The Cathedral of Our Lady contains a number of significant works by the Baroque painter Peter Paul Rubens, as well as paintings by artists such as Otto van Veen, Jacob de Backer and Marten de Vos. The belfry of the cathedral is included in 'Belfries of Belgium and France' in the list of World Heritage Sites.
Where the cathedral now stands, there was a small chapel of Our Lady from the 9th to the 12th century, which acquired the status of parish church in 1124. During the course of the twelfth century, it was replaced by a larger Romanesque church. In 1352, construction was begun on a new Our Lady’s church which would become the largest Gothic church in the Netherlands. In the beginning, it was to be provided with two towers of equal height. In 1521, after nearly 170 years, the new church of Our Lady was ready. The south tower reached only as far as the third string course.
During the night of 5–6 October 1533, the new church was largely gutted by fire. The completion of the second tower was therefore delayed, which led to its ultimate postponement. Moreover, the church only became cathedral of the bishopric of Antwerp in 1559 but lost this title again from 1801 to 1961, following the Concordat of 1801. During the Iconoclasm of 20 August 1566, Protestants destroyed a large part of the cathedral interior. Later, when Antwerp came under Protestant administration in 1581, a number of artistic treasures were once again destroyed, removed or sold. The restoration of Roman Catholic authority came in 1585 with the fall of Antwerp.
In 1794 the French revolutionaries who conquered the region plundered Our Lady’s Cathedral and inflicted serious damage. Around 1798, the French administration intended to demolish the building but after each blow, the cathedral was able to recover. In 1816, various important works of art were returned from Paris, including three Rubens masterpieces. And over the course of the 19th century, the church was completely restored and refurnished.
Between 1965 and 1993, a complete restoration took place.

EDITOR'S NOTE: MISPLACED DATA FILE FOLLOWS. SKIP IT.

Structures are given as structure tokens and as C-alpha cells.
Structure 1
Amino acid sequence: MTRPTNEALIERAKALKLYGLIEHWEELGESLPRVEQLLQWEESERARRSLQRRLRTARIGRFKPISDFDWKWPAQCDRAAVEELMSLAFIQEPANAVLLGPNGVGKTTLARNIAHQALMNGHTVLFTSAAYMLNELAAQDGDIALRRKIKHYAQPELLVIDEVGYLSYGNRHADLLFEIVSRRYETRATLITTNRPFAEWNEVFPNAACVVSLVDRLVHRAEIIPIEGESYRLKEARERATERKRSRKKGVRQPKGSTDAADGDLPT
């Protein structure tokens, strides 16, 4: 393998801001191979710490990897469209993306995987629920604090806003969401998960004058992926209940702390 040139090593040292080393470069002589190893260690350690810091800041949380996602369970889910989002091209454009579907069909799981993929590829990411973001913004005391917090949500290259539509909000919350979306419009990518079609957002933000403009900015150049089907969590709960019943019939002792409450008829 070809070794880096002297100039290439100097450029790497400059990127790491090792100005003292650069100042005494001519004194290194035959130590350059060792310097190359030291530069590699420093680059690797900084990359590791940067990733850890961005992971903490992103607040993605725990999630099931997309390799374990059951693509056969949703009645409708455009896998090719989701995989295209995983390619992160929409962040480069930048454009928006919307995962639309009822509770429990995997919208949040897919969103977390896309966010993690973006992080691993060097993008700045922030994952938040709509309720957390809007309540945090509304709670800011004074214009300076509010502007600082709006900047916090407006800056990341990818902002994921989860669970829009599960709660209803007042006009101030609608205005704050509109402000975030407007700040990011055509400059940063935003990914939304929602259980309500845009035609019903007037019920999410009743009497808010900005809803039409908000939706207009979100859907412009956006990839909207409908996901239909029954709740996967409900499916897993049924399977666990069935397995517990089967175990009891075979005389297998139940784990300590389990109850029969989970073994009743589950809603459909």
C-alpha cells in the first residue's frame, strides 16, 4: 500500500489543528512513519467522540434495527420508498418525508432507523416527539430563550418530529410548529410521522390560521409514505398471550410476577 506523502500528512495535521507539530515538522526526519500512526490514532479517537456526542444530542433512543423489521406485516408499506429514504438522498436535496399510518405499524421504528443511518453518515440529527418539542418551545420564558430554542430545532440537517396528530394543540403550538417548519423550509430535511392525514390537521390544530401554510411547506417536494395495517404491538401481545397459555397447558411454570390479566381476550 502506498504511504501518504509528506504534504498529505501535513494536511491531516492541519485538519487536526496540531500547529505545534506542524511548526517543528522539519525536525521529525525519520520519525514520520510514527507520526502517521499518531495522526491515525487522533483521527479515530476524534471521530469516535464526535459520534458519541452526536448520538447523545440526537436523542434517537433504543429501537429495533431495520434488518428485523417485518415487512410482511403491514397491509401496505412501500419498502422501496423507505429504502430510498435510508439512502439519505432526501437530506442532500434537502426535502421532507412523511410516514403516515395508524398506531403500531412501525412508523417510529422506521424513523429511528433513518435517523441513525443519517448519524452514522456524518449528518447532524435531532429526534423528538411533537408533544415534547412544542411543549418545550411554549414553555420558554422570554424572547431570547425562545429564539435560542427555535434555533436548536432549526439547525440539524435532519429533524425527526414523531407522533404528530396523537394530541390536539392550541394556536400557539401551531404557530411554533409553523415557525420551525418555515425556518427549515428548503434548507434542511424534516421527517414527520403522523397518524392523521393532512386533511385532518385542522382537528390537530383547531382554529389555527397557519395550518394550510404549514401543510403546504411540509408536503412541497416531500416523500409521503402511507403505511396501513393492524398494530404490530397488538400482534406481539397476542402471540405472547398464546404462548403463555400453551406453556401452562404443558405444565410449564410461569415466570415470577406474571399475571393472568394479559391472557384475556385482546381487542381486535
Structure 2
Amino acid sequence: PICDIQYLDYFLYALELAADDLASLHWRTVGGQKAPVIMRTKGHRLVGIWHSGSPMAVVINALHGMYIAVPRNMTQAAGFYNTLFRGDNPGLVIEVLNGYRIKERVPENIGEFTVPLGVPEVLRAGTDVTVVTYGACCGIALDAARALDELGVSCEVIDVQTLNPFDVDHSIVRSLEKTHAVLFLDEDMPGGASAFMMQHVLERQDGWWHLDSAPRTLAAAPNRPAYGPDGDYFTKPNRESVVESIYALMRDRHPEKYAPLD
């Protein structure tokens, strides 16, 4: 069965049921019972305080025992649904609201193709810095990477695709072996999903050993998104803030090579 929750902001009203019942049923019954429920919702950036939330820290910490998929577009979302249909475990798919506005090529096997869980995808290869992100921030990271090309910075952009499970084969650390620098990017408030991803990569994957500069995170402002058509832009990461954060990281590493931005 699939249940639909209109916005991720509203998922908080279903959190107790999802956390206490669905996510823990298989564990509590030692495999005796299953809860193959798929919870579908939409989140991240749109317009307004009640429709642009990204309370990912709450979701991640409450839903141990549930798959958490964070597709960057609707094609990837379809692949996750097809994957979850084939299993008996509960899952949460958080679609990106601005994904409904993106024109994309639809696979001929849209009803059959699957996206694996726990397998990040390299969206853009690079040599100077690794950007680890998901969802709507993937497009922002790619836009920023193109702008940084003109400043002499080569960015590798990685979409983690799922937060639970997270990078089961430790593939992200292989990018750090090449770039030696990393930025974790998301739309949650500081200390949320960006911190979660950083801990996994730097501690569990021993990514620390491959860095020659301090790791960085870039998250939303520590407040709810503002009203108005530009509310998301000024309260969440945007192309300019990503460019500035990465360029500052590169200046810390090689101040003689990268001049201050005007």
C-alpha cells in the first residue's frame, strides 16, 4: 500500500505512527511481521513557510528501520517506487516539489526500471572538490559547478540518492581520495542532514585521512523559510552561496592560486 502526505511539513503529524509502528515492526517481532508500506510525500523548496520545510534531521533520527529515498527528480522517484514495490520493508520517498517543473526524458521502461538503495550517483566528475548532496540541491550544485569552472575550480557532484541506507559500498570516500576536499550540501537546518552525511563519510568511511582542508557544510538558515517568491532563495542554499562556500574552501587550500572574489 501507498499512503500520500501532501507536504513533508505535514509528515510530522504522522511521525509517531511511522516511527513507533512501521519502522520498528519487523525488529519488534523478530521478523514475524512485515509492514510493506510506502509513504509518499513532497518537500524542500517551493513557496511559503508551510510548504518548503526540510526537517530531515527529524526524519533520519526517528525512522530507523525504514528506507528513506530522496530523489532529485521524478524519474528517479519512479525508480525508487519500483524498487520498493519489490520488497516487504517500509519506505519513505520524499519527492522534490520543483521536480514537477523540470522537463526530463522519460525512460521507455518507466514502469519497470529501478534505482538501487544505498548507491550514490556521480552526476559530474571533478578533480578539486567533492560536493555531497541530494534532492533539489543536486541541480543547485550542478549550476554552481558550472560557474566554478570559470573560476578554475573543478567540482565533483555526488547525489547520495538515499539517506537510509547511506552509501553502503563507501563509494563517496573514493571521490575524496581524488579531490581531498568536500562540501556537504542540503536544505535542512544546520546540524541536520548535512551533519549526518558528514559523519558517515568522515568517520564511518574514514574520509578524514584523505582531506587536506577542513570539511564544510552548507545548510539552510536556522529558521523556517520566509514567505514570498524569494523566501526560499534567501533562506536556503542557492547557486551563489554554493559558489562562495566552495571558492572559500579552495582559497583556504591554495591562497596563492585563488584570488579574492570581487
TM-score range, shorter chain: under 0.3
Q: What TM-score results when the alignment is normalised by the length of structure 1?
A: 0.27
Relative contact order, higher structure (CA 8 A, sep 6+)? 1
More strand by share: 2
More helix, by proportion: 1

The cathedral possesses some major works of art from Peter Paul Rubens; The Raising of the Cross, Assumption of the Virgin Mary and The Descent from the Cross.References:
The Church of the Savior on Spilled Blood is one of the main sights of St. Petersburg. The church was built on the site where Tsar Alexander II was assassinated and was dedicated in his memory. Construction began in 1883 under Alexander III, as a memorial to his father, Alexander II. Work progressed slowly and was finally completed during the reign of Nicholas II in 1907. Funding was provided by the Imperial family with the support of many private donors.
Architecturally, the Cathedral differs from St. Petersburg's other structures. The city's architecture is predominantly Baroque and Neoclassical, but the Savior on Blood harks back to medieval Russian architecture in the spirit of romantic nationalism. It intentionally resembles the 17th-century Yaroslavl churches and the celebrated St. Basil's Cathedral in Moscow.
The Church contains over 7500 square metres of mosaics — according to its restorers, more than any other church in the world. The interior was designed by some of the most celebrated Russian artists of the day — including Viktor Vasnetsov, Mikhail Nesterov and Mikhail Vrubel — but the church's chief architect, Alfred Alexandrovich Parland, was relatively little-known (born in St. Petersburg in 1842 in a Baltic-German Lutheran family). Perhaps not surprisingly, the Church's construction ran well over budget, having been estimated at 3.6 million roubles but ending up costing over 4.6 million. The walls and ceilings inside the Church are completely covered in intricately detailed mosaics — the main pictures being biblical scenes or figures — but with very fine patterned borders setting off each picture.
In the aftermath of the Russian Revolution, the church was ransacked and looted, badly damaging its interior. The Soviet government closed the church in the early 1930s. During the Second World War when many people were starving due to the Siege of Leningrad by Nazi German military forces, the church was used as a temporary morgue for those who died in combat and from starvation and illness. The church suffered significant damage. After the war, it was used as a warehouse for vegetables, leading to the sardonic name of Saviour on Potatoes.
In July 1970, management of the Church passed to Saint Isaac's Cathedral (then used as a highly profitable museum) and proceeds from the Cathedral were funneled back into restoring the Church. It was reopened in August 1997, after 27 years of restoration, but has not been reconsecrated and does not function as a full-time place of worship; it is a Museum of Mosaics. Even before the Revolution it never functioned as a public place of worship; having been dedicated exclusively to the memory of the assassinated tsar, the only services were panikhidas (memorial services). The Church is now one of the main tourist attractions in St. Petersburg.